Aspiring producer Aura Energy (ASX: AEE) says it is on track for year end completion of a definitive feasibility study at its flagship Tiris uranium project in Mauritania.
After an extended haitus due to a weak uranium price, the company reported the study is now in “full progress on a number of fronts” including bulk sampling, metallurgical testwork and development of a final process flowsheet, with a view to full release in early 2019 and first production from Tiris in 2020.
Aura has also commenced discussions for uranium offtake and financing of the estimated US$45 million project construction cost with government agencies and potential partners.
Located in the Sahara Desert, Tiris has a mineral resource of 51.8 million pounds and a production target of 1 million pounds per annum, from a measured and indicated 17 million pounds uranium oxide.
A 2014 scoping study estimated the project’s operating costs to be around US$19.40 per pound.
Bulk sampling and testing
In 2018, Aura completed 11 trenches at a depth of 4m each at the Lazare North and Lazare South resources within the Tiris project to collect representative samples for bulk metallurgical testwork.
The trenches were dug with an excavator, demonstrating the “free-digging nature” of the orebody.
The program aimed to determine the variability of key project process parameters such as uranium recovery and sulphur upgrade factors, as well as provide inputs to define geometallurgical processing domains.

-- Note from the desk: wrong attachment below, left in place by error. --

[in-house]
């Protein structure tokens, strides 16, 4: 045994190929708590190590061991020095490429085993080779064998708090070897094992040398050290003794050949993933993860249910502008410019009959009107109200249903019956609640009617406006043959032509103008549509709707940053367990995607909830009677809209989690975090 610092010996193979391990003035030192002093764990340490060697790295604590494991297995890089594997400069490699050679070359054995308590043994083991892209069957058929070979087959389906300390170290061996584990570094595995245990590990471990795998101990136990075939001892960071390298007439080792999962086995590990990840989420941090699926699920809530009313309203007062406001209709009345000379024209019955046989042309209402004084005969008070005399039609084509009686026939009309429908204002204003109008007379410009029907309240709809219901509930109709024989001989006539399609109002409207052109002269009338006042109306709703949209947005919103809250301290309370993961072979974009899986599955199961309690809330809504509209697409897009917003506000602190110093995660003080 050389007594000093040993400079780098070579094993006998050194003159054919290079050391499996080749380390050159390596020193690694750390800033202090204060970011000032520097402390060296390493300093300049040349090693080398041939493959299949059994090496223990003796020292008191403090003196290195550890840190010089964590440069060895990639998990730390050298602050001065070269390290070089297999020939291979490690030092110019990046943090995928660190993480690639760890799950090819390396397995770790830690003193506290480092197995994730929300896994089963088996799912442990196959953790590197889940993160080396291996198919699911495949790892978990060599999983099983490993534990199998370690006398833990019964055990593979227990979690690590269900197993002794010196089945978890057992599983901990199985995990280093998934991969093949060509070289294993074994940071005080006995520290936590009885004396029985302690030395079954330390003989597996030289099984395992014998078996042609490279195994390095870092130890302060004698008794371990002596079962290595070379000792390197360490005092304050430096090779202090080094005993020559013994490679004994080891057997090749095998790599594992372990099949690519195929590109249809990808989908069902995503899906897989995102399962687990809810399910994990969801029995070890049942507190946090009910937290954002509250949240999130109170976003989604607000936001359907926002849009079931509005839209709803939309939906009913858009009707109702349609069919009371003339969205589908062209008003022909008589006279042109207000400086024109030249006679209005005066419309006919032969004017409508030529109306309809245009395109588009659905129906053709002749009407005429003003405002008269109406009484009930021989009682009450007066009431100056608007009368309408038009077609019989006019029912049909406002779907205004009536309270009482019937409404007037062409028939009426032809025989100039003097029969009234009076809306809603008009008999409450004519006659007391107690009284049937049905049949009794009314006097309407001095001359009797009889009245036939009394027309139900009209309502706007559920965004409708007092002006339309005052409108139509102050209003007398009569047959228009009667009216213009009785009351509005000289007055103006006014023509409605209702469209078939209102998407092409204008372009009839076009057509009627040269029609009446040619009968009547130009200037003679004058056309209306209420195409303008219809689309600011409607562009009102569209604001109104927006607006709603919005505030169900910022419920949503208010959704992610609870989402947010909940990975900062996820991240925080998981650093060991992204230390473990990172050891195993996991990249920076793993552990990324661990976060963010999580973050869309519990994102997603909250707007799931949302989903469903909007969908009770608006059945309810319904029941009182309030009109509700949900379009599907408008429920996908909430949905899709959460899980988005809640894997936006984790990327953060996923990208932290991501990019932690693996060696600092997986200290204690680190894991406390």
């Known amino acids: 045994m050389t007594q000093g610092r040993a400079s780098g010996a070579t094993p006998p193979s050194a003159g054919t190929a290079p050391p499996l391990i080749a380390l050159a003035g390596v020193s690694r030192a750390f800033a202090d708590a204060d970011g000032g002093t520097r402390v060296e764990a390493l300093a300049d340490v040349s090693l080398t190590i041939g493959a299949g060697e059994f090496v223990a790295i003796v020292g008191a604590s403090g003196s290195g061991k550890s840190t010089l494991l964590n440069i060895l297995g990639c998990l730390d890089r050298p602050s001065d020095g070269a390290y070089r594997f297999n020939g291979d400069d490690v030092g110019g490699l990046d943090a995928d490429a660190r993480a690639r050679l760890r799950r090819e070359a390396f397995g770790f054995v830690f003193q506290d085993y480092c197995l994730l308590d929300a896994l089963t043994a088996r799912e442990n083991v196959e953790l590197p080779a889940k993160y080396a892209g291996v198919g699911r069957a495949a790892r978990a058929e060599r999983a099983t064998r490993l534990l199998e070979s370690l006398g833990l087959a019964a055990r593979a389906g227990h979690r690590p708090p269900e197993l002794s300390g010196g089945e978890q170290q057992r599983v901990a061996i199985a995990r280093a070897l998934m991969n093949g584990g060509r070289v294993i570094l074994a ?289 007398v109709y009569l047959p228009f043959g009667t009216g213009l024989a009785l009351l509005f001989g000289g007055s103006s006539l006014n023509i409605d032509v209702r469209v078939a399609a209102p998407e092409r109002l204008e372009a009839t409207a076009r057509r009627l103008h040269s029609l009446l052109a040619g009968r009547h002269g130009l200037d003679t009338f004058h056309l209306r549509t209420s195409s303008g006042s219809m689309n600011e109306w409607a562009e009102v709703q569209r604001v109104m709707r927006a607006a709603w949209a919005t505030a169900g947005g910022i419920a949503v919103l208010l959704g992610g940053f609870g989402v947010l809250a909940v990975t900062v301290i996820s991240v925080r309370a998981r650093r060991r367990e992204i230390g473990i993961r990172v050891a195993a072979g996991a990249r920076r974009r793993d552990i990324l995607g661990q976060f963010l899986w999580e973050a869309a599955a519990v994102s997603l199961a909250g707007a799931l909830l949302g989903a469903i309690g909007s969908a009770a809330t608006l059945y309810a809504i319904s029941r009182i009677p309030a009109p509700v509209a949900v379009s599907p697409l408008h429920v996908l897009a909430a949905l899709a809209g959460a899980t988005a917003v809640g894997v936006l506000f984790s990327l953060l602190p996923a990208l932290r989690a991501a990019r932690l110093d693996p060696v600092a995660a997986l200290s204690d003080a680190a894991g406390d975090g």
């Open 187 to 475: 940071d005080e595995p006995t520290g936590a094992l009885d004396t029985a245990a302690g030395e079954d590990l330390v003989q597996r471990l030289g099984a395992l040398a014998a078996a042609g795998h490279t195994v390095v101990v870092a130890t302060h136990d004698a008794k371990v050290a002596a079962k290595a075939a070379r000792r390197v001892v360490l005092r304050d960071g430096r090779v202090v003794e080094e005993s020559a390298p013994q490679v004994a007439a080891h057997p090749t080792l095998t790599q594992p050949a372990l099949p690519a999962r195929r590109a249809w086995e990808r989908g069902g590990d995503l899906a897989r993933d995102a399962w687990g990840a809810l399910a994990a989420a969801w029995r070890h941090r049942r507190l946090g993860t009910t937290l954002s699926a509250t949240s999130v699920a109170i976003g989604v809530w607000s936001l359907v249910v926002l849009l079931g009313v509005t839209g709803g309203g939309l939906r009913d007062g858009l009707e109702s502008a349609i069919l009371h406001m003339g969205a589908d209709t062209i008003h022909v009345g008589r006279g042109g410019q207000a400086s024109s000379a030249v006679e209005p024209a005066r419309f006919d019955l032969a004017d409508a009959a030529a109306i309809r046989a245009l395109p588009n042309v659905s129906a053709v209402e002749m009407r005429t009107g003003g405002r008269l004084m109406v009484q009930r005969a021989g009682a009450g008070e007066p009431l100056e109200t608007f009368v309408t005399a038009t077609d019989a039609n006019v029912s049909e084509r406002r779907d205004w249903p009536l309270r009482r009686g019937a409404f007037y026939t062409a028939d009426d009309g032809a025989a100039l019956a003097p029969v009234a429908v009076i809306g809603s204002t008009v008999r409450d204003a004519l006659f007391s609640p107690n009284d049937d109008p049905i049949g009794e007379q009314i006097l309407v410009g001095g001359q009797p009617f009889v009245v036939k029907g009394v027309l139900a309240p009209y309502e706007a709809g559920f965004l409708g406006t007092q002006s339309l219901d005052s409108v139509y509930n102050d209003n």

Collection of 88 samples (totalling approximately 5 tonnes of material) was done from trenching rather than drilling to maintain sample integrity, allow for sufficient sample mass to be collected and provide information on mining requirements for the material.
Samples were sent to Aura’s facility at Nouakchott, where Mintek Laboratories will carry out testwork for design of the rotary scrubber and screening beneficiation circuit, while ANSTO Minerals will undertake feasibility study tests for design of leaching, ion exchange and uranium purification circuits.
A $50,000 grant under the Australian Government Innovation Connections initiative will support the testwork program with ANSTO.
Technical investigations during the definitive feasibility stage have indicated the potential for the recovery of vanadium as a byproduct from the Tiris process streams.
Vanadium occurs in Tiris ore at a grade of 330 parts per million vanadium pentoxide and approximately half of it is within the project’s uranium host mineral, carnotite.
Vanadium hosted with carnotite would potentially be leached alongside uranium in the project’s extraction circuit.
Aura executive chairman Peter Reeve said the company would consider the recovery of vanadium to be a valuable byproduct for Aura during vanadium’s current resurgence.
“The value of the Tiris project is driven by low operating and development capital costs, and it would benefit further with vanadium recovery which has been considered technically-achievable,” Mr Reeve said.
Battery metals market
Mr Reeve added the Tiris vanadium initiative is part of Aura’s battery metals development strategy to help broaden its portfolio.
It complements the company’s announcement in May of a near-surface high-grade discovery at its world-class Häggån vanadium project in Sweden of 90 million tonnes at 0.42% vanadium pentoxide at a 4,000ppm cut-off.
Häggån is a large polymetallic deposit containing economically-significant levels of vanadium, nickel, zinc, molybdenum and other battery metals.
Vanadium from Tiris would provide Aura with the opportunity for near-term production of vanadium pentoxide with entry to the vanadium market while Häggån is in development.
At mid-afternoon trade, shares in Aura Energy were steady at $0.018.